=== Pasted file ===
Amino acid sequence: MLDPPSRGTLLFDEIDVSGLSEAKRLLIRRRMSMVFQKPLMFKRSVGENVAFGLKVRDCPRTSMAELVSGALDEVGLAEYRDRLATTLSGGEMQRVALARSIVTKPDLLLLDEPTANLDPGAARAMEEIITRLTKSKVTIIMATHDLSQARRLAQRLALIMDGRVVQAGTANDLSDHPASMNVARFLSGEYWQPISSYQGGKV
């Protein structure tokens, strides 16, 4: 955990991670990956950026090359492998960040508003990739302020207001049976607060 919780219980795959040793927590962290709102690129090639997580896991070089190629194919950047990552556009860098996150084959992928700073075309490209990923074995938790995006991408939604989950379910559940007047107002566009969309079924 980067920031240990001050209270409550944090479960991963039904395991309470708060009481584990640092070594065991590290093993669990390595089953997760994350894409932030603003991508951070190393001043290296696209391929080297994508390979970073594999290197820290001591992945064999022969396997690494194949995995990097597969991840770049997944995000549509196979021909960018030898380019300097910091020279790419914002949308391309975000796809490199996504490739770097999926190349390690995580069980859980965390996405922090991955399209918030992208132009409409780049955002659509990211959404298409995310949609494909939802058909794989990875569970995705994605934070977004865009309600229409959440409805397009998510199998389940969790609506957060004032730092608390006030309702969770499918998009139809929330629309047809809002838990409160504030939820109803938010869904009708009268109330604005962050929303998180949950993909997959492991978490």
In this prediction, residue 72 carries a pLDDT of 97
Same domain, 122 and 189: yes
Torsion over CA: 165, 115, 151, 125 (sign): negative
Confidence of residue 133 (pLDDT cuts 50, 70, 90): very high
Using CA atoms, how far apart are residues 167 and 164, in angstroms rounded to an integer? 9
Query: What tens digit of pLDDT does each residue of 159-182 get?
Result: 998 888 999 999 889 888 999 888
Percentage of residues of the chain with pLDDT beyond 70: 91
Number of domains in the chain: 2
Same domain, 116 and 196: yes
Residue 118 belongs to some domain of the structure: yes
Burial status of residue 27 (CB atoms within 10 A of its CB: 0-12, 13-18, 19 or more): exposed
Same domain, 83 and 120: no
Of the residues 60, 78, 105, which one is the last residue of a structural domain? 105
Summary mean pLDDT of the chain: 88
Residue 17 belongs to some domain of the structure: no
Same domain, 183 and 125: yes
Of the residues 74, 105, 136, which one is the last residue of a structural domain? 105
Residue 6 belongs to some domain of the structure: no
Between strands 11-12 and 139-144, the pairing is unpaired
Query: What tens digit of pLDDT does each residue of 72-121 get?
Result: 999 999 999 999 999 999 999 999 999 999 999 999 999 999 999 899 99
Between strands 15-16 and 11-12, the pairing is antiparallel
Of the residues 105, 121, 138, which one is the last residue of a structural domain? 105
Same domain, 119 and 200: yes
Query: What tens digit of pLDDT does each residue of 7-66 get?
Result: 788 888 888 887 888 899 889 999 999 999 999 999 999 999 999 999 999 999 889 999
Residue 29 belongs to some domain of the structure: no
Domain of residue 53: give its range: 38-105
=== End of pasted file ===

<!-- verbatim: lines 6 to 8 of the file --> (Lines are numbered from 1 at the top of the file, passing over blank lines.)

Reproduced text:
Confidence of residue 133 (pLDDT cuts 50, 70, 90): very high
Using CA atoms, how far apart are residues 167 and 164, in angstroms rounded to an integer? 9
Query: What tens digit of pLDDT does each residue of 159-182 get?